Devoted to birds and wildlife since childhood, Mark's early scientific research at Oxford, Aberdeen and the RSPB provided a solid background for his management, ambassadorial, and political lobbying activities which were to follow - and his larger than life, yet quietly humane personality has provided the final tools in his own, unique, nature conservationists' toolbox. In this book, Mark mixes a great many stories from his professional life at the RSPB with personal anecdotes and passionate arguments on past and present issues in bird and nature conservation. He shows us something of the many scientists whose work paves the way for conservation action, places domestic conservation into an international context, takes us behind the scenes to glimpse the politicians who have worked with him, or against him, along the way. Mark leaves us armed with practical tips and a guiding philosophy to take wildlife conservation though the troubled years that lie ahead. A personal, philosophical and political history of 25 years of bird conservation, this book provides an instructive and amusing read for all those who would like a glimpse into the birds and wildlife conservation world - what the issues are, what must be done, how it can be done, and the challenges, highs and lows involved.
One important element of the energy debate in the 107th Congress is whether to approve development in the Arctic National Wildlife Refuge (ANWR) and, if so, under what restrictions or whether to continue to prohibit energy development in order to protect the area's biological resource values. This book discusses legal issues that relate to possible development of the Refuge and the current provisions in bills before Congress are discussed as well.
Recent decades have seen unprecedented growth in the scale and intensity of industrial forestry. Directly and indirectly, it has degraded the wildlife and ecological integrity of these tropical forests, prompting a need to evaluate the impact of current forest management practices and reconsider how best to preserve the integrity of the biosphere.
Synthesizing the body of knowledge of leading scientists and professionals in tropical forest ecology and management, this book's thirty chapters examine in detail the interplay between timber harvesting and wildlife, from hunted and protected habitats to invertebrates and large mammal species.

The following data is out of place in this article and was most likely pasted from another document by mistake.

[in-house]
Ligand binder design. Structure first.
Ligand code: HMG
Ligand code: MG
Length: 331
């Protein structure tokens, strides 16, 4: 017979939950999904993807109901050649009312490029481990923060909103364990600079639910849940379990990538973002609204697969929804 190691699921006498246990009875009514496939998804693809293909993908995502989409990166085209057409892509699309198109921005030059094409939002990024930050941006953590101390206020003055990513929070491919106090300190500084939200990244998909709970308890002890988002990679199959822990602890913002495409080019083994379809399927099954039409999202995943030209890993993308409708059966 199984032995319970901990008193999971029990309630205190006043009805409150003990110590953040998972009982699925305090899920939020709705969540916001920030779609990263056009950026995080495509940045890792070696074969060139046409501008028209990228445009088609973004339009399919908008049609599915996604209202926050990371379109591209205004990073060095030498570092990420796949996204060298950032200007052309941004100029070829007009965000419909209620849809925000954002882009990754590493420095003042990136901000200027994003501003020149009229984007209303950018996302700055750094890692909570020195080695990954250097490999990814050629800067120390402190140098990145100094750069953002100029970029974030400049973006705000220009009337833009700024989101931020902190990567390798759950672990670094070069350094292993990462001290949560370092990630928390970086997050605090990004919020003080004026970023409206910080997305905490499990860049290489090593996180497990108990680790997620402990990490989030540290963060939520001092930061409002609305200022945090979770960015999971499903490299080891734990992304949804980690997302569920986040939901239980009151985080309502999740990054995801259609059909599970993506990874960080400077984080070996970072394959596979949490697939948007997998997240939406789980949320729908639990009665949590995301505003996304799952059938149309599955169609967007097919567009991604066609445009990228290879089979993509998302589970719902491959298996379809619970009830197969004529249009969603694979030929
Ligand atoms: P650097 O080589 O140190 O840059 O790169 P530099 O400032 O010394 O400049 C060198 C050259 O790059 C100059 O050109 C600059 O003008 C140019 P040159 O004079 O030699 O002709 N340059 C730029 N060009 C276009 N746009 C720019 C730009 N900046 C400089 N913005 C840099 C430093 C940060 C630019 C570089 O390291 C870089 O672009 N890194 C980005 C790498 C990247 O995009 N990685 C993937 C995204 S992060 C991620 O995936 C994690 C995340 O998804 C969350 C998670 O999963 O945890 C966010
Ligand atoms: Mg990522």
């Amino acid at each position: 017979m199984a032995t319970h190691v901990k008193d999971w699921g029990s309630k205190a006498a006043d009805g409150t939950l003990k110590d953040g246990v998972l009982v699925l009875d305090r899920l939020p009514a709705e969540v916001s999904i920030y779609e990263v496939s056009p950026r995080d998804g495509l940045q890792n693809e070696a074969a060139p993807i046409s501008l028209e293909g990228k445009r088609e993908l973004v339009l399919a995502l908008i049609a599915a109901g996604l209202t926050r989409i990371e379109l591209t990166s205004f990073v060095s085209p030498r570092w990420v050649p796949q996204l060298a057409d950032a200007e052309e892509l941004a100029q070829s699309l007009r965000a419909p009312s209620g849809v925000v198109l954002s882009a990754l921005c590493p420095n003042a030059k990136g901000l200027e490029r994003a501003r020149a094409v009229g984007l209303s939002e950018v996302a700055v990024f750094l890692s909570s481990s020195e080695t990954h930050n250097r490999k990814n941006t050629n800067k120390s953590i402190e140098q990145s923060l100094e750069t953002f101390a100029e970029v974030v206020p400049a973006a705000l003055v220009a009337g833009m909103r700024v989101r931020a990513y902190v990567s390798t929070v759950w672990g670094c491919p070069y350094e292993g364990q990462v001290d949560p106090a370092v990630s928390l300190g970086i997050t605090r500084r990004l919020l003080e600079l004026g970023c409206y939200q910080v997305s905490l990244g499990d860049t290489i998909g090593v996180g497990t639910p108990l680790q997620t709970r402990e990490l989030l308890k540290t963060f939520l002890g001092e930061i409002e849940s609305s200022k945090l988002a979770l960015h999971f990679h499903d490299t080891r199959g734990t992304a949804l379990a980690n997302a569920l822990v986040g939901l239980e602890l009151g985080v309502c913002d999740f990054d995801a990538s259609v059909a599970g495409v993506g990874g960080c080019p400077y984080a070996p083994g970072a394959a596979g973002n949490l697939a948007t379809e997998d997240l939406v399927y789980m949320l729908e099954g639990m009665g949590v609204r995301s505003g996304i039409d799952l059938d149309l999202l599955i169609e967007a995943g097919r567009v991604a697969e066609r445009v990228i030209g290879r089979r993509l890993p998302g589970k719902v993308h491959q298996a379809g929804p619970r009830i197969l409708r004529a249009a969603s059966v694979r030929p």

Collectively, the contributors suggest that better management is pivotal to the maintenance of the tropics' valuable biodiversity, arguing that we must realize that tropical forests harbor the majority (perhaps 70 to 80 percent) of the world's animal species. Further, they suggest modifications to existing practices that can ensure a better future for our valuable resources.
This edited book, composed of chapters written by scholars of the environmental and biological sciences, examines selected topics from the vast field of conservation biology, with a focus on some of the issues that dominate the current discourses and practices on the conservation biology of large wildlife. The first chapter examines the history and status of conservation biology and examines the status of large wildlife in conservation biology research. The second chapter examines the issues related to urban forestry and conservation, justified by the vast expansion of urban landcover into the habitats of large wildlife and the consequences for people and animals. Chapters Three and Four focus on big cats in the Americas and apply ideas from the theory of conservation biology to assess their conservation possibilities. Chapter Five examines the land cover conflicts that occur between people and animals when transportation networks intrude on habitats. Chapter Six looks at the nuances of governance and the impact on conservation policy. Chapter Seven describes the value of integrated research and geomatics in the applications to protected management. Chapter Eight takes a novel, total ecosystem approach by examining micro- and meso-fauna and their function in ecosystems inclusive of macro-fauna. Chapter Nine takes a case study of vultures, which are the most important scavengers in the world, and examines the impacts of recent diseases that severely decimated their numbers. Chapter Ten takes a case study of a unique savanna area on the forested West African coast, and investigates the ecology of the area and the factors for the extinction of large wildlife.
Habitat Conservation examines the relationship between habitat and ecosystem dynamics. Over the last decade scientists have made advances in their understanding of this relationship and this has had major impacts on their approach to nature conservation management.